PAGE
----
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Samyutta Nikaya

Saṁyutta Nikāya 3.18 Kalyāna Sutta
Good Friends

The Buddha explains how the entire path to Nibbāna depends on good friends, good companions and good associates.

At the city of Sāvatthī…

Seated to one side, King Pasenadi said to the Buddha, “Just now, bhante, as I was alone in my room, this thought came to mind. ‘The Dhamma is well explained by the Buddha. But it’s for someone with good friends, good companions, and good associates, not for someone with bad friends, bad companions, and bad associates.’”

“That’s so true, great king! That’s so true! The Dhamma is well explained by me. But it’s for someone with good friends, good companions, and good associates, not for someone with bad friends, bad companions, and bad associates.

“Great king, one day I was living in the state of the Sakyans where they have a town named Nagaraka. Then the monk Ānanda came to me, bowed respectfully, sat down to one side, and said: ‘Bhante, half of the path leading to Nibbāna depends on good friends, good companions, and good associates.’

“When he had spoken, I said to him: ‘Don’t say so, Ānanda! Don’t say so, Ānanda! Not only half, but the entire path leading to Nibbāna depends on good friends, good companions, and good associates. A monk who has good friends, good companions, and good associates can expect to develop and cultivate the Noble Eightfold Path.

“‘And how does a monk who has good friends develop and cultivate the Noble Eightfold Path? It’s when a monk develops right view, right thought, right speech, right action, right livelihood, right effort, right mindfulness, and right concentration. They rely on freedom from the five hindrances, detachment, and lean towards cessation of craving, and Nibbāna. That’s how a monk, who has good friends, develops and cultivates the Noble Eightfold Path.

“‘And Ānanda, here’s another way to understand how good friends help the entire path to Nibbāna. Ānanda, by associating with me as a good friend, beings who are subject to rebirth, old age, death, sorrow, lamentation, pain, sadness, and distress are freed from all these things. This is another way to understand how good friends help the entire path to Nibbāna.’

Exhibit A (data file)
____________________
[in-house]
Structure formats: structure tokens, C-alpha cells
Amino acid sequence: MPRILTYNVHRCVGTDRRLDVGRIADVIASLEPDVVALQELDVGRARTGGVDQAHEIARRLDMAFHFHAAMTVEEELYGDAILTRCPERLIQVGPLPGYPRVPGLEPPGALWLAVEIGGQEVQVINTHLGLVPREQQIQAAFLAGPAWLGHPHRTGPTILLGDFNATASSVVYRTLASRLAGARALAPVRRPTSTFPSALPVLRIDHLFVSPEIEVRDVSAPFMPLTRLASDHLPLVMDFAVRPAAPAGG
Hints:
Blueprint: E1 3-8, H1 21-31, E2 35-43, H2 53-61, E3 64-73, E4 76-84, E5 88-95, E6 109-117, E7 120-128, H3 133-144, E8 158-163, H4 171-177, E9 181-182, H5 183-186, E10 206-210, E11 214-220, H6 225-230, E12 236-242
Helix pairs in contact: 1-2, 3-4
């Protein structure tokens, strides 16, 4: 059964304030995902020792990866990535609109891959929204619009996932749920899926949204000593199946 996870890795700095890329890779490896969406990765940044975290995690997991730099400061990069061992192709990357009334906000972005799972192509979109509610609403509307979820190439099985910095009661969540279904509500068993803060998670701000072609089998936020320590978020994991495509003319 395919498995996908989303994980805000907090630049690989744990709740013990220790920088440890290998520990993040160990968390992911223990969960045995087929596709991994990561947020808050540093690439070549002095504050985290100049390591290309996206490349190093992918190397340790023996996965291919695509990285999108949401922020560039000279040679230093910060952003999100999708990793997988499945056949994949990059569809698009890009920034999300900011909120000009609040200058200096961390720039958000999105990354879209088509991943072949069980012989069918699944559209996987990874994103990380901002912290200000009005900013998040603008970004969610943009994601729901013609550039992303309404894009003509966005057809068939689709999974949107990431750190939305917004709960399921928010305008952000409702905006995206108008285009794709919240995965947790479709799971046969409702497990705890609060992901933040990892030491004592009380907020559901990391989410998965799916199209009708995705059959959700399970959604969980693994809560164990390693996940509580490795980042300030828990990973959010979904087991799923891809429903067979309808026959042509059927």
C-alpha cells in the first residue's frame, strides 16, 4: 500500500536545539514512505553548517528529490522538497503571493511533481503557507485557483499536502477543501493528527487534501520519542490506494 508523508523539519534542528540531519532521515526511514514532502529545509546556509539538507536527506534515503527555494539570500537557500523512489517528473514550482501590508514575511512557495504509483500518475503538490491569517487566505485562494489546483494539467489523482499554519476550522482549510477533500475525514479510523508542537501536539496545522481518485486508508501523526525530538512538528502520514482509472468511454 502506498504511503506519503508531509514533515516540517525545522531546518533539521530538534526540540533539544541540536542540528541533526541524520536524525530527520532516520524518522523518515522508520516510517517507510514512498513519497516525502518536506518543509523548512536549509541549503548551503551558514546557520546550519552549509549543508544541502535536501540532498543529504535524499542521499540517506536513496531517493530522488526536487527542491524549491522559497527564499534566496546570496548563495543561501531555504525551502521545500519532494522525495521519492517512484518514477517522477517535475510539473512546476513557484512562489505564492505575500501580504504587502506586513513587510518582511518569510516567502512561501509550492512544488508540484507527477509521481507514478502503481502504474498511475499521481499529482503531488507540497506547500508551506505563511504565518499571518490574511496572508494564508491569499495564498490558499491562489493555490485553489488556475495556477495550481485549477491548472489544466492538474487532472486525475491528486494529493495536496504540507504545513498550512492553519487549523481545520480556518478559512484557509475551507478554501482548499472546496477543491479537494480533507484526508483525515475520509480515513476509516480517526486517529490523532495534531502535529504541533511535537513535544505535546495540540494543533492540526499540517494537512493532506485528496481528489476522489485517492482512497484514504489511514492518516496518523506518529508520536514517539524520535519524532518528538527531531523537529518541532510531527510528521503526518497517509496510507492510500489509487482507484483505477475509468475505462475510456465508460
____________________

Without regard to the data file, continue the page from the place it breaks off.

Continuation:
“So, great king, you should train like this: ‘I will live with good friends, good companions, and good associates.’ That’s how you should train.

“When you live with good friends, good companions, and good associates, you should live supported by one thing; diligence in wholesome qualities. When you’re diligent, supported by diligence, your queens, ministers, army, and people will think, ‘The king lives diligently, supported by diligence. We’d better live diligently, supported by diligence!’

“When you’re diligent, supported by diligence, then not only you yourself, but your queens, your treasury and storehouses will also be guarded and protected.”

The Buddha:

“The person who wishes to enjoy great wealth
must be diligent in making merit.
The wise praise diligence in making merit.

“Being diligent, a wise person
secures two benefits: the benefit in this life,
and benefit in the lives to come.
Such an energetic person is called the wise one.”

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Saṁyutta Nikāya 3.18 Kalyāna Sutta: Good Friends

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